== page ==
UNITED STATES DISTRICT COURT FOR THE DISTRICT OF IDAHO BISHOP PATRICK MICHAEL MILTON, Case No. 1:23-CV-00520-BLW Petitioner, INITIAL REVIEW ORDER vs. RANDY VALLEY, Respondent. Petitioner Bishop Patrick Michael Milton (Petitioner) has filed a Petition for Writ of Habeas Corpus challenging his state court conviction. Dkt. 1. Federal habeas corpus relief is available to petitioners who are held in custody under a state court judgment that violates the Constitution, laws, or treaties of the United States. See 28 U.S.C. § 2254(a). The Court is required to review each newly-filed habeas corpus petition to determine whether it should be summarily dismissed, amended, or served upon the respondent. See 28 U.S.C. § 2243. If “it plainly appears from the face of the petition and any attached exhibits that the petitioner is not entitled to relief in the district court,” the Court must summarily dismiss the petition. Rule 4 of the Rules Governing Section 2254 Cases. INITIAL REVIEW ORDER - 1 Having reviewed the Petition, the Court concludes that Petitioner may proceed to the next stage of litigation. REVIEW OF PETITION 1. Background In a criminal case in the Fourth Judicial District Court in Ada County, Idaho, Petitioner was convicted of possession of a controlled substance, criminal trespass, and resisting arrest. He was sentenced to a unified term of imprisonment of five years. Petitioner filed several direct appeal actions, but it appears that they were rejected by the Idaho appellate courts, possibly on procedural grounds. See Dkt. 1, pp. 2-3. 2. Discussion of Threshold Procedural Issue: Exhaustion of State Court Remedies Habeas corpus law requires that a petitioner “exhaust” his state court remedies before pursuing a claim in a federal habeas petition. 28 U.S.C. § 2254(b). To exhaust a claim, a habeas petitioner must fairly present it as a federal claim to the highest state court for review in the manner prescribed by state law. See O’Sullivan v. Boerckel, 526 U.S. 838, 845 (1999). Unless a petitioner has exhausted his state court remedies for a particular claim, a federal district court cannot grant relief on that claim, although it does have the discretion to deny the claim. 28 U.S.C. § 2254(b)(2). State remedies are considered technically exhausted, but not properly exhausted, if a petitioner failed to pursue a federal claim in state court and there are no remedies now available. O’Sullivan, 526 U.S. at 848. A claim may also be considered exhausted, INITIAL REVIEW ORDER - 2 though not properly exhausted, if a petitioner pursued a federal claim in state court, but the state court rejected the claim on an independent and adequate state law procedural ground. Coleman v. Thompson, 501 U.S. 722, 731-732 (1991). Such a claim is considered “procedurally defaulted” in federal court. Id. at 731. A threshold issue in this case will be whether the state appellate courts’ rejection of Petitioner’s direct appeal filings was based on an independent and adequate state law procedural ground. If that is the case, then Petitioner must meet one of the exceptions for procedurally defaulted claims. If not, he may be able to proceed to the merits of his claims. A procedurally defaulted claim will not be heard in federal court unless the petitioner shows either (1) legitimate cause for the default and prejudice resulting from the default, or, alternatively, (2) the petitioner is actually innocent and a miscarriage of justice would occur if the federal claim is not heard. Id. To show “cause” for a procedural default, a petitioner must ordinarily demonstrate that some objective factor external to the defense impeded his or his counsel’s efforts to comply with the state procedural rule at issue. Murray v. Carrier, 477 U.S. 478, 488 (1986). To show “prejudice,” a petitioner bears “the burden of showing, not merely that the errors [in his proceeding] created a possibility of prejudice, but that they worked to his actual and substantial disadvantage, infecting his entire [proceeding] with error of constitutional dimensions.” United States v. Frady, 456 U.S. 152, 170 (1982). INITIAL REVIEW ORDER - 3 If a petitioner cannot show cause and prejudice for a procedurally defaulted claim, he can still raise the claim if he demonstrates that the court’s failure to consider it will result in a “fundamental miscarriage of justice.” Herrera, 506 U.S. at 404. A miscarriage of justice means that a constitutional violation probably has resulted in the conviction of someone who is actually innocent. Murray, 477 U.S. at 496. To show a miscarriage of justice, a petitioner must make “a colorable showing of factual innocence.” Herrera, 506 U.S. at 404. Where the petitioner pleaded guilty and did not have the evidence in his case evaluated by a jury, he must show that, based on all of the evidence, “it is more likely than not that no reasonable juror would have found Petitioner guilty.” Van Buskirk v. Baldwin, 265 F.3d 1080, 1084 (9th Cir. 2001), citing Schlup v. Delo, 513 U.S. 298, 327 (1995). Types of evidence that may establish factual innocence include “credible declarations of guilt by another,” Pitts v. Norris, 85 F.3d 348, 351 (8th Cir. 1996) (citing Sawyer v. Whitley, 505 U.S. 333, 340 (1992)), “trustworthy eyewitness accounts,” Schlup, 513 U.S. at 324, and “exculpatory scientific evidence.” Pitts, 85 F.3d at 351. It is important to note the distinction that actual innocence is not a substantive claim that warrants relief in noncapital cases. See Lee v. Lampert, 653 F.3d 929, 934 (9th Cir. 2011) (en banc) (statute of limitations context) (relying on House v. Bell, 547 U.S. 518, 538 (2006) (quoting Schlup, 513 U.S. at 327)). Instead, if a petitioner brings forward evidence that demonstrates “it is more likely than not that no reasonable juror would have found petitioner guilty beyond a reasonable doubt”, actual innocence serves only as a INITIAL REVIEW ORDER - 4 “gateway” to permit the federal court to hear the petitioner’s otherwise procedurallybarred constitutional claims on the merits. Schlup, 513 U.S. at 327. 3. Discussion of Substance of Petitioner’s Claims In Claim One, Petitioner alleges that the state court lacked in personam and subject matter jurisdiction over him. The basis for this claim is that Petitioner is not a United States citizen but an “Ecclesiastical Sovereign and duly recognized by CommonLaw Court,” and, hence, was not subject to arrest or prosecution as a result of immunity. Dkt. 1, p. 6. Several issues arise with this claim. One is that theories by persons asserting that they are a “sovereign ecclesiastical ‘state’” have been rejected by courts as “factually and legally frivolous.” Harley v. Cir. Ct. of Chesapeake, No. 3:07CV439, 2008 WL 2626996, at *2 (E.D. Va. July 2, 2008) (finding that the plaintiff stated no cause of action under the Vienna Convention). See also Tracy v. Cooley, No. CV 09-8645 AHM DTB, 2010 WL 4318876, at *1 (C.D. Cal. June 15, 2010), report and recommendation adopted, No. CV 09-8645-AHM DTB, 2010 WL 4316971 (C.D. Cal. Oct. 25, 2010) (rejecting as without a legal and factual basis Plaintiffs’ contention that they are immune under various federal statutes and international treaties as officers of a “Foreign Neutral Sovereign Ecclesiastical STATE”, and as such, their constitutional rights were violated by the issuance of traffic citations). INITIAL REVIEW ORDER - 5 A second is whether the question of state subject matter jurisdiction is beyond the province of the federal habeas court. Generally, federal courts have held that they have no jurisdiction to review a state court’s determination of its own jurisdiction, which is a matter of state, not federal, law. See Chandler v. Armontrout, 940 F .2d 363, 366 (8th Cir. 1991); United States v. Mancusi, 415 F.2d 205, 209 (2nd Cir. 1969) (“no federal court to our knowledge has ever granted a writ where a state court’s asserted lack of jurisdiction resulted solely from the provisions of state law”). Claim Two asserts that Petitioner is actually innocent of the crimes of which he was convicted. Federal habeas corpus is a unique and narrow cause of action. The United States Supreme Court has made it clear that “[c]laims of actual innocence based on newly discovered evidence have never been held to state a ground for federal habeas relief absent an independent constitutional violation occurring in the underlying state criminal proceeding.” Herrera v. Collins, 506 U.S. 390, 400 (1993). This prohibition exists because “federal habeas courts sit to ensure that individuals are not imprisoned in violation of the Constitution—not to correct errors of fact.” Id. (citing Moore v. Dempsey, 261 U.S. 86, 87-88 (1923) (Holmes, J.) (“[W]hat we have to deal with [on habeas review] is not the petitioners’ innocence or guilt but solely the question whether their constitutional rights have been preserved.”). Accordingly, a claim based solely on actual innocence is not cognizable on federal habeas corpus review. INITIAL REVIEW ORDER - 6 Claim Three is that law enforcement officers unlawfully searched, seized, and arrested him in violation of his federal constitutional rights. Two issues arise. One is that Petitioner asserts that “an Ecclesiastic Sovereign is not subject to arrest by any law enforcement except U.S. Marshal[] for a major felony not for a misdemeanor.” Dkt. 1, p. 8. This, again, seems to rely on a frivolous theory, as discussed above. The second is that Fourth Amendment search, seizure, and arrest claims are treated in a unique manner in habeas corpus actions. When a State has provided a defendant with an opportunity for full and fair litigation of a Fourth Amendment claim, it may not be relitigated by a federal district court in a habeas corpus action, “regardless of its view of the correctness of the state decision.” Mack v. Cupp, 564 F.2d 898, 901 (9th Cir. 1977) (relying on Stone v. Powell, 428 U.S. 465, 481–82 (1976) (Fourth Amendment issues are not cognizable on federal habeas review)); Caldwell v. Cupp, 781 F.2d 714, 715 (9th Cir. 1986). Thus, the threshold issue for a Fourth Amendment claim is whether petitioner had an initial opportunity for a fair hearing in state court. See Caldwell, 781 F.2d at 715. The narrow question is “whether petitioner had the opportunity to litigate his claim, not whether he did in fact do so or even whether the claim was correctly decided.” OrtizSandoval v. Gomez, 81 F.3d 891, 899 (9th Cir. 1996); see also Gordon v. Duran, 895 F.2d 610, 613-14 (9th Cir. 1990). The petitioner bears the burden of establishing that the INITIAL REVIEW ORDER - 7 state courts did not consider the Fourth Amendment claim fully and fairly. Mack, 564 F.2d at 901. Powell does not specify a particular test for determining whether a state provided a defendant with an opportunity for full and fair litigation of a Fourth Amendment claim. To aid in determination of this question, federal district courts in the Ninth Circuit review the transcripts and briefing from the state trial and appellate courts. See Terrovona v. Kincheloe, 912 F.2d 1176, 1178-1179 (9th Cir. 1990) (citing Abell v. Raines, 640 F.2d 1085, 1088 (9th Cir. 1981)), cert. denied, 499 U.S. 979 (1991). Claim Four asserts that Petitioner’s convictions have resulted in a manifest injustice, because the state violated his constitutional rights at every stage of the criminal proceeding. Some of Petitioner’s reasons supporting his claim arise from his frivolous sovereignty theory, for example, that the state court violated federal and international copyright laws by illegally using Petitioner’s fictitious name, or that he was wrongly issued a trespassing citation, even though he remained at a rest area in his status as a sovereign.1 Page 12 of Petitioner’s habeas petition appears to have encountered a scanning error during filing. The top three-quarters of the page is blank, and only the bottom of the page has content: “no good reason. All state actions were in bad faith, extremely harmful & inhumane, this court must issue its Extra-Ordinary Writ of Habeas Corpus pursuant 28 U.S.C § 2254 granting all Rights, Entitlements & Renumerations [sic].” Dkt. 1, p. 12. Petitioner may re-file that page. 1 INITIAL REVIEW ORDER - 8 4. Conclusion On their face, Petitioner’s claims present obvious procedural and substantive challenges. The Court is permitted to dismiss the claims outright, but will proceed to review the state court record in this matter and a response from Respondent. The Court will have the Petition served on Respondent, who may file a pre-answer motion for summary dismissal on any grounds identified in this Order, or any other grounds evident from the record (which the Court has not reviewed), including lack of merit.2 ORDER IT IS ORDERED: 1. The Clerk of Court shall serve (via ECF) a copy of the Petition (Dkt. 1), together with a copy of this Order, on L. LaMont Anderson, on behalf of Respondent, at Mr. Anderson’s registered ECF address. 2. Within 120 days after Respondent is served with the pleadings, Respondent shall have the option of filing either of the following: (1) a motion for summary dismissal or partial summary dismissal on procedural grounds (which may be 2 Federal courts are not required to address a procedural issue before deciding against the petitioner on the merits. Lambrix v. Singletary, 520 U.S. 518 (1997); cf. Franklin v. Johnson, 290 F.3d 1223 (9th Cir. 2002) (“appeals courts are empowered to, and in some cases should, reach the merits of habeas petitions if they are, on their face and without regard to any facts that could be developed below, clearly not meritorious despite an asserted procedural bar”). Thus, where a procedural question presents a complicated question of law and is unnecessary to a disposition of the case, a court may proceed to the merits. Hudson v. Jones, 351 F.3d 212 (6th Cir. 2003); Nobles v. Johnson, 127 F.3d 409, 423-24 (5th Cir. 1997) (deciding against the petitioner on the merits even though the claim was procedurally defaulted). INITIAL REVIEW ORDER - 9 followed by an answer if the motion is unsuccessful); or (2) an answer and brief on the claims that were adjudicated on the merits by the Idaho Supreme Court, that also includes a brief summary (between one paragraph and several pages) of any procedural defenses for any claims (which may be argued in the alternative). If Respondent files an answer and brief, the Court first will determine the claims that were adjudicated on the merits by the Idaho Supreme Court; for any claims that appear to warrant relief or for any claims not disposed of on the merits that appear subject to procedural defenses, the Court next will determine whether those claims are barred by any procedural defenses and will call for additional briefing, evidence, or a hearing, if necessary. 3. Respondent shall file with the responsive pleading or motion, or within a reasonable time period thereafter, a copy of all portions of the state court record previously transcribed that are relevant to a determination of the issues presented. Any presentence investigation reports or evaluations shall be filed under seal. The lodging of the remainder of the state court record, to the extent that it is lodged in paper format, is exempt from the redaction requirements, as provided in District of Idaho Local Civil Rule 5.5(c). 4. If the response to the habeas petition is an answer, Petitioner shall prepare a reply (formerly called a traverse), containing a brief rebutting Respondent’s answer and brief, which shall be filed and served within 30 days after service of the answer. INITIAL REVIEW ORDER - 10 Respondent has the option of filing a sur-reply within 14 days after service of the reply. At that point, the case shall be deemed ready for a final decision. 5. If the response to the habeas petition is a motion, Petitioner’s response to the motion shall be filed and served within 30 days after service of the motion, and Respondent’s reply, if any, shall be filed and served within 14 days thereafter. 6. No party shall file supplemental responses, replies, affidavits or other documents not expressly authorized by the Local Rules without first obtaining leave of Court. 7. No discovery shall be undertaken in this matter unless a party obtains prior leave of Court, pursuant to Rule 6 of the Rules Governing Section 2254 Cases. 8. The parties may, but need not, file the following in this matter: (1) notices of nonobjections to motions to which they do not object; (2) responses to motions for appointment of counsel; (3) responses to motions that are meritless, frivolous, or filed in contravention of this Order; or (4) notices of intent not to file a reply. If additional briefing is required on any issue, the Court will order it. 9. Each party shall ensure that all documents filed with the Court are simultaneously served via the ECF system or by first-class mail upon the opposing party (through counsel if the party has counsel), pursuant to Federal Rule of Civil Procedure 5. Each party shall sign and attach a proper mailing certificate to each document filed with the court, showing the manner of service, date of service, address of service, and name of the person upon whom service was made, or as specified by the INITIAL REVIEW ORDER - 11 applicable ECF rules. The Court will not consider ex parte requests unless a motion may be heard ex parte according to the rules and the motion is clearly identified as requesting an ex parte order, pursuant to Local Rule 7.2. (“Ex parte” means that a party has provided a document to the court, but that the party did not provide a copy of the document to the other party to the litigation.) 10. All Court filings requesting relief or requesting that the Court make a ruling or take an action of any kind must be in the form of a pleading or motion, with an appropriate caption designating the name of the pleading or motion, served on all parties to the litigation, pursuant to Federal Rules of Civil Procedure 7, 10 and 11, and Local Rules 5.2 and 7.1. The Court will not consider requests made in the form of letters. 11. Petitioner shall at all times keep the Court and Respondent advised of any changes in address. 12. If Petitioner’s custodian changes at any point during this litigation, counsel for Respondent shall file a Notice of Substitution of Respondent within 30 days of such change, identifying the person who is substituted as Respondent. See Fed. R. Civ. P. 25(d); Rule 2(a) of the Rules Governing Section 2254 Cases. INITIAL REVIEW ORDER - 12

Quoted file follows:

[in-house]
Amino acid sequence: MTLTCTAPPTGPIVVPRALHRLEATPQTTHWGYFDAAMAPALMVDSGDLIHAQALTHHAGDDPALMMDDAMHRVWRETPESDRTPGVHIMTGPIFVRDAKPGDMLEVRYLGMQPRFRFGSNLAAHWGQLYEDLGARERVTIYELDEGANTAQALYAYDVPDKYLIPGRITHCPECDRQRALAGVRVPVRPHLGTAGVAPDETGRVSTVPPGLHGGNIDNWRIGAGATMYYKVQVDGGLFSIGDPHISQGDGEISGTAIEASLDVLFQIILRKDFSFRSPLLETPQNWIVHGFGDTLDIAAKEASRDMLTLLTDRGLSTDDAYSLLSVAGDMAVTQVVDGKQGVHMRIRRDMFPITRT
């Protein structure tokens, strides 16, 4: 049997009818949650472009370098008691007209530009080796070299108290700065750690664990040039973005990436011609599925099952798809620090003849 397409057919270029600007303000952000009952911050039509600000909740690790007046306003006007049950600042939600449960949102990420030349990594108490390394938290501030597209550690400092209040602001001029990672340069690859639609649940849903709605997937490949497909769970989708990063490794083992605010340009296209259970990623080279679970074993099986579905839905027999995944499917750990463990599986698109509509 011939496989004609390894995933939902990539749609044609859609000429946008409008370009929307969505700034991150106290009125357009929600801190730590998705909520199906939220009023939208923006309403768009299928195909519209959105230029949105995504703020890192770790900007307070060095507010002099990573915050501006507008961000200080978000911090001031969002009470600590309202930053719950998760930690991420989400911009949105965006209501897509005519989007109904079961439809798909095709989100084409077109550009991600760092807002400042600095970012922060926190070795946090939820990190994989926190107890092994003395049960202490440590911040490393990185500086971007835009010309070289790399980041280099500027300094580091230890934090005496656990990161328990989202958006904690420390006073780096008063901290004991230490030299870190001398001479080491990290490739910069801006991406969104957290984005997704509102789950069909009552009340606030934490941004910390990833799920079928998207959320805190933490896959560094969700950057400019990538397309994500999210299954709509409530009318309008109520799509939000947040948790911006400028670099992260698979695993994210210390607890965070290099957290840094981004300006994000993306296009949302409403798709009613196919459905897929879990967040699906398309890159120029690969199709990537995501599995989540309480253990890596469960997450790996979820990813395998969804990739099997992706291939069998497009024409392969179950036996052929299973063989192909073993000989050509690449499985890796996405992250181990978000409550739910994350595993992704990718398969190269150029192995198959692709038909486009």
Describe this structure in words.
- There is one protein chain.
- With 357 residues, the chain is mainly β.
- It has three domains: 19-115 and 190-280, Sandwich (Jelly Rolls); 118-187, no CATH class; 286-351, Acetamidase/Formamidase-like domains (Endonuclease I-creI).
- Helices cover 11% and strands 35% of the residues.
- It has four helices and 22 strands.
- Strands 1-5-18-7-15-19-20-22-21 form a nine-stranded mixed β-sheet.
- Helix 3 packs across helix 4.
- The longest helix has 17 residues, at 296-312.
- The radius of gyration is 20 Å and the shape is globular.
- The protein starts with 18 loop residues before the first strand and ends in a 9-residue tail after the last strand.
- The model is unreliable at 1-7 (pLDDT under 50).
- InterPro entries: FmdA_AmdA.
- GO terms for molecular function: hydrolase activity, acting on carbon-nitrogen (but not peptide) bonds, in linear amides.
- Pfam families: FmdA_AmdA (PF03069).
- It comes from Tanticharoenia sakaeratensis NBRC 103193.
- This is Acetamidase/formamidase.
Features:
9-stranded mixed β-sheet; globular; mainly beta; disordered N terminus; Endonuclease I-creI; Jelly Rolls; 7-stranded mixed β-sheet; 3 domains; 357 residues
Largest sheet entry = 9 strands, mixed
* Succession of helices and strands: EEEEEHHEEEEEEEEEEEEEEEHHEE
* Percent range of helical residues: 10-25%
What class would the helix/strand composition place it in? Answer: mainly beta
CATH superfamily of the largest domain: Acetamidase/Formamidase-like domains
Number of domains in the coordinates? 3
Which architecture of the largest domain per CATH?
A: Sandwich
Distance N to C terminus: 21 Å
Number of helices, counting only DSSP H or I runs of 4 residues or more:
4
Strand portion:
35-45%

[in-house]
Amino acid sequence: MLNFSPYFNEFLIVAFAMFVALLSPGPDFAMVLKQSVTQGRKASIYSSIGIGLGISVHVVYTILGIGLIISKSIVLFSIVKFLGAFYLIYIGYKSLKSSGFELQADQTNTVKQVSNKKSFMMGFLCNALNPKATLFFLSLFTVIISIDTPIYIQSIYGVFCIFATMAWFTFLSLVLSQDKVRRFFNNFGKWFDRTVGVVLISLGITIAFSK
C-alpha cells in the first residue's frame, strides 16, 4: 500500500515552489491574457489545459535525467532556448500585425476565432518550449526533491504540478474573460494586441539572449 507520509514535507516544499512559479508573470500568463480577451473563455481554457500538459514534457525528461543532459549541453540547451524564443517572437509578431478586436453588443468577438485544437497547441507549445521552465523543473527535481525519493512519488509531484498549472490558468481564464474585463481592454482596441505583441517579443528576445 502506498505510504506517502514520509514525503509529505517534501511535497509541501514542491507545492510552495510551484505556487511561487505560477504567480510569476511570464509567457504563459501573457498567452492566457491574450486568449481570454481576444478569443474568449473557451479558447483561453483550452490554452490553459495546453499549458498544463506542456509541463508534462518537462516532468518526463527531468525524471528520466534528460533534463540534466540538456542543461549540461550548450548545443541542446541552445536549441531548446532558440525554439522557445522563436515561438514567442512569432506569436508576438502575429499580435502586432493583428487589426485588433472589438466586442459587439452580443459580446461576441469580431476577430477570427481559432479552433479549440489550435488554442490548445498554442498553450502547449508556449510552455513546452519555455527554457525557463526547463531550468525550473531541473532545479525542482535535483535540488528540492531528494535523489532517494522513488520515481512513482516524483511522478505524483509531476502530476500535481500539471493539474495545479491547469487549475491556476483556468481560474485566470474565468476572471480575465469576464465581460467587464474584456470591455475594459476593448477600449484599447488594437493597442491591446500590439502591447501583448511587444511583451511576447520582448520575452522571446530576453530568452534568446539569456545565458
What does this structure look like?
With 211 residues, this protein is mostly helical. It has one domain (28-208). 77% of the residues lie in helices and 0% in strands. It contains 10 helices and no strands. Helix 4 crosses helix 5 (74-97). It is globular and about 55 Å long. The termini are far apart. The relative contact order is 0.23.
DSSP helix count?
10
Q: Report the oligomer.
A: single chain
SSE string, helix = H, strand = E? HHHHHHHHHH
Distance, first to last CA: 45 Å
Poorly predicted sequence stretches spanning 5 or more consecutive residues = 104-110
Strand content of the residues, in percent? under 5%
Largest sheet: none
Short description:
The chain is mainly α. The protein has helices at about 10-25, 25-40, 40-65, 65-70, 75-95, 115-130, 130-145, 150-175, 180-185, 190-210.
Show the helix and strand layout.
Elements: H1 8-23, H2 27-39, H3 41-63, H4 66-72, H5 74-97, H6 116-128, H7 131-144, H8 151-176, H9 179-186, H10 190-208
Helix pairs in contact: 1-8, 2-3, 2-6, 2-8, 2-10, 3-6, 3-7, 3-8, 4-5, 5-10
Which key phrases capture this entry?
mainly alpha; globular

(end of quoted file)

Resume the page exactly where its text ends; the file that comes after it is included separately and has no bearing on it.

Disclaimer: Justia Dockets & Filings provides public litigation records from the federal appellate and district courts. These filings and docket sheets should not be considered findings of fact or liability, nor do they necessarily reflect the view of Justia.

Why Is My Information Online?